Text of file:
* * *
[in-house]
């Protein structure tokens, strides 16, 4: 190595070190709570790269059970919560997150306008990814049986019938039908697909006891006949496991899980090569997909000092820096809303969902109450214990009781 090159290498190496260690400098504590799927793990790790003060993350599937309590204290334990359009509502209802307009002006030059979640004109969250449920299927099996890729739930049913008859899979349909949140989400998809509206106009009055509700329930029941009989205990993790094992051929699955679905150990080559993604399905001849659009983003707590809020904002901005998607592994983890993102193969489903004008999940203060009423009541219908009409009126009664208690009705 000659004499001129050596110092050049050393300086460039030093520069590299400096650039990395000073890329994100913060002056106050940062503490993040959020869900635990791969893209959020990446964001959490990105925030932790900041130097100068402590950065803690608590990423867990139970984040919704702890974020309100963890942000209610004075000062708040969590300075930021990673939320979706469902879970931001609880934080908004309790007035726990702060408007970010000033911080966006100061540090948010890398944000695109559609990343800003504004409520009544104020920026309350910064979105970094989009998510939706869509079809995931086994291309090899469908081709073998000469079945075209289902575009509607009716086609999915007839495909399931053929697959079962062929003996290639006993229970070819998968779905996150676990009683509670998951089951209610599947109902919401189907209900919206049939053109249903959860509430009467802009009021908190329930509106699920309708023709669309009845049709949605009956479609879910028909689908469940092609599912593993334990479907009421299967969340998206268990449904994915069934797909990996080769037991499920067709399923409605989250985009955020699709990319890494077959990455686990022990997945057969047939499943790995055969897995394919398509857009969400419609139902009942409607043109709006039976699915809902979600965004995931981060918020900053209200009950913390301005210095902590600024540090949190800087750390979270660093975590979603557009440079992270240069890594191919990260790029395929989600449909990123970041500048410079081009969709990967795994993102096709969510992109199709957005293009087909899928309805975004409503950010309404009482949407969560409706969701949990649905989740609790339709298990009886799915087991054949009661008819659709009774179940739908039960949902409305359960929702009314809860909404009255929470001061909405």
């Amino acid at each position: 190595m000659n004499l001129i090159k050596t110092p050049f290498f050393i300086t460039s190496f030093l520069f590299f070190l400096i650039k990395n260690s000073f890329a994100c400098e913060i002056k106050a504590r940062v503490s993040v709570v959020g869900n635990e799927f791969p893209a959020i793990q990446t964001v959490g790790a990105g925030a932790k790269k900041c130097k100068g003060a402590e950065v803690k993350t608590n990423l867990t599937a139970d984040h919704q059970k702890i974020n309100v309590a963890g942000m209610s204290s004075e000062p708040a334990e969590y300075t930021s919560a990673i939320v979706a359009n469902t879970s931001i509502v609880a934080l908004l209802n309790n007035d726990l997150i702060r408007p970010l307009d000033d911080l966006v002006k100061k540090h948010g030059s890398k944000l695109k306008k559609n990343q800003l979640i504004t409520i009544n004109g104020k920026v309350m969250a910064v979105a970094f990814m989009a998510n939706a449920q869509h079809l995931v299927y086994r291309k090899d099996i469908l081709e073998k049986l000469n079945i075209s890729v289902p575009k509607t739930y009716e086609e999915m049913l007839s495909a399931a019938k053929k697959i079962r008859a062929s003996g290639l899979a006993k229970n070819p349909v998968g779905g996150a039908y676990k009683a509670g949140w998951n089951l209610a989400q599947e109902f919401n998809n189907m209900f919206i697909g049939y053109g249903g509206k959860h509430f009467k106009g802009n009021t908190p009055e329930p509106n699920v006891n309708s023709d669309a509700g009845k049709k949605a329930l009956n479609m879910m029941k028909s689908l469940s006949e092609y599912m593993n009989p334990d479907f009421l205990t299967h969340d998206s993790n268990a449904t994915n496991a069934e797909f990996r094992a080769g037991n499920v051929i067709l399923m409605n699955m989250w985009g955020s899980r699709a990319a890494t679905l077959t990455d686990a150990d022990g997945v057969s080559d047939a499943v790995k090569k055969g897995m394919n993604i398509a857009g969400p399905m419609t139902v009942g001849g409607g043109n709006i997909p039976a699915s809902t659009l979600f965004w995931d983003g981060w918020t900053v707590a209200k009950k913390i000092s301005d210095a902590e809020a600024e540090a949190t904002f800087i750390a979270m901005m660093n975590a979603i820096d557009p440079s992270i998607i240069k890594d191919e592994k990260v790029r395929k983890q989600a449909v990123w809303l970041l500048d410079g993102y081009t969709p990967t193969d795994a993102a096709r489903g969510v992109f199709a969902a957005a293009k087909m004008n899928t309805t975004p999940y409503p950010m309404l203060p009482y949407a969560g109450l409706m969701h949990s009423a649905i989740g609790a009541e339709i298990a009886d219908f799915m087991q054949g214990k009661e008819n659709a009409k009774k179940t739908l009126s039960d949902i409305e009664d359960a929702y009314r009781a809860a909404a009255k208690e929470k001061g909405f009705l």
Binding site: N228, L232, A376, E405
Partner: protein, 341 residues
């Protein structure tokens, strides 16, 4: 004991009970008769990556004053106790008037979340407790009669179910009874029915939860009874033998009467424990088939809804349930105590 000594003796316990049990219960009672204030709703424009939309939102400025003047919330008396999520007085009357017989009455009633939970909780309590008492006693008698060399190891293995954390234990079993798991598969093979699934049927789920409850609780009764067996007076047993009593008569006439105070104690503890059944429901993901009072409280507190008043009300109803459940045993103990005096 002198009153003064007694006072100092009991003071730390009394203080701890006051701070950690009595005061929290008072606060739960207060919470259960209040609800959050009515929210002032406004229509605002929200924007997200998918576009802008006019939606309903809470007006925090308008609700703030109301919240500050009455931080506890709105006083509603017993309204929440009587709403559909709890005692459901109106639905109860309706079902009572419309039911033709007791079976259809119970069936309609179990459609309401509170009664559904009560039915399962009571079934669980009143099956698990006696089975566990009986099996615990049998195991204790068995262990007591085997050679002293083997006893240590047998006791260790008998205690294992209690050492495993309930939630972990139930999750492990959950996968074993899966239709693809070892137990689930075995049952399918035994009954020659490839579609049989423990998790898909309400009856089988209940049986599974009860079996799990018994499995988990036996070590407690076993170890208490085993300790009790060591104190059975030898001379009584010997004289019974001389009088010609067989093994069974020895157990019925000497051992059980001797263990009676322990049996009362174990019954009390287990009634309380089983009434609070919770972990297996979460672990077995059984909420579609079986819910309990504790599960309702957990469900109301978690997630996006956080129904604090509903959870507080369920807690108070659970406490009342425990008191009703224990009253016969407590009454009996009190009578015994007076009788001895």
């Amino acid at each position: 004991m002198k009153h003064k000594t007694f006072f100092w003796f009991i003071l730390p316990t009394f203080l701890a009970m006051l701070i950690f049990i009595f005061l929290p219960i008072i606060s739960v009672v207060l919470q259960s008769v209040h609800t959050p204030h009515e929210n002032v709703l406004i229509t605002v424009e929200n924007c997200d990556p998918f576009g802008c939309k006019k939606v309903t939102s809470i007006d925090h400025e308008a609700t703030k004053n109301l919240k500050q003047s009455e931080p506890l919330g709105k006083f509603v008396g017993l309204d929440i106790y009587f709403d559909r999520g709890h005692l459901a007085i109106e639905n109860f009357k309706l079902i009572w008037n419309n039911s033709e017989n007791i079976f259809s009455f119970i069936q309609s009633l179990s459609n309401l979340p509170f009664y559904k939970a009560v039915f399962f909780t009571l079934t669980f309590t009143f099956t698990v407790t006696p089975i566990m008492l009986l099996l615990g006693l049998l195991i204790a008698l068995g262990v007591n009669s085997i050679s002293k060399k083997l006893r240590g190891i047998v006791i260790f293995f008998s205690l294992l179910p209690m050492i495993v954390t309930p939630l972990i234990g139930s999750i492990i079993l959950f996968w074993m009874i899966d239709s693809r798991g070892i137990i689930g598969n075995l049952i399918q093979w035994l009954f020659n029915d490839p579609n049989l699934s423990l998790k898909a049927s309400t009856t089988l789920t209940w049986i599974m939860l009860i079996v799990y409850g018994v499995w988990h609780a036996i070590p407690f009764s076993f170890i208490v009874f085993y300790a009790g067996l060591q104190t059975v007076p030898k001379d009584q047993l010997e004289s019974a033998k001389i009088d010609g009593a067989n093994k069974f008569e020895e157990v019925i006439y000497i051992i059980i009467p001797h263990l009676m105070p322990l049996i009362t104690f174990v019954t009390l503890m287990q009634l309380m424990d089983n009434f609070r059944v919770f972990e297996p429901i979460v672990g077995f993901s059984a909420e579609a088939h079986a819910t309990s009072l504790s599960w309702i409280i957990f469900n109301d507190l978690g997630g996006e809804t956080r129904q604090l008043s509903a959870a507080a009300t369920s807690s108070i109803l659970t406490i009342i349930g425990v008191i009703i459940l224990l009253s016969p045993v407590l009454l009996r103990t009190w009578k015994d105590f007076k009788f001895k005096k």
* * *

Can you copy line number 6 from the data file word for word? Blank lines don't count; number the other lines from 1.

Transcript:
């Protein structure tokens, strides 16, 4: 004991009970008769990556004053106790008037979340407790009669179910009874029915939860009874033998009467424990088939809804349930105590 000594003796316990049990219960009672204030709703424009939309939102400025003047919330008396999520007085009357017989009455009633939970909780309590008492006693008698060399190891293995954390234990079993798991598969093979699934049927789920409850609780009764067996007076047993009593008569006439105070104690503890059944429901993901009072409280507190008043009300109803459940045993103990005096 002198009153003064007694006072100092009991003071730390009394203080701890006051701070950690009595005061929290008072606060739960207060919470259960209040609800959050009515929210002032406004229509605002929200924007997200998918576009802008006019939606309903809470007006925090308008609700703030109301919240500050009455931080506890709105006083509603017993309204929440009587709403559909709890005692459901109106639905109860309706079902009572419309039911033709007791079976259809119970069936309609179990459609309401509170009664559904009560039915399962009571079934669980009143099956698990006696089975566990009986099996615990049998195991204790068995262990007591085997050679002293083997006893240590047998006791260790008998205690294992209690050492495993309930939630972990139930999750492990959950996968074993899966239709693809070892137990689930075995049952399918035994009954020659490839579609049989423990998790898909309400009856089988209940049986599974009860079996799990018994499995988990036996070590407690076993170890208490085993300790009790060591104190059975030898001379009584010997004289019974001389009088010609067989093994069974020895157990019925000497051992059980001797263990009676322990049996009362174990019954009390287990009634309380089983009434609070919770972990297996979460672990077995059984909420579609079986819910309990504790599960309702957990469900109301978690997630996006956080129904604090509903959870507080369920807690108070659970406490009342425990008191009703224990009253016969407590009454009996009190009578015994007076009788001895």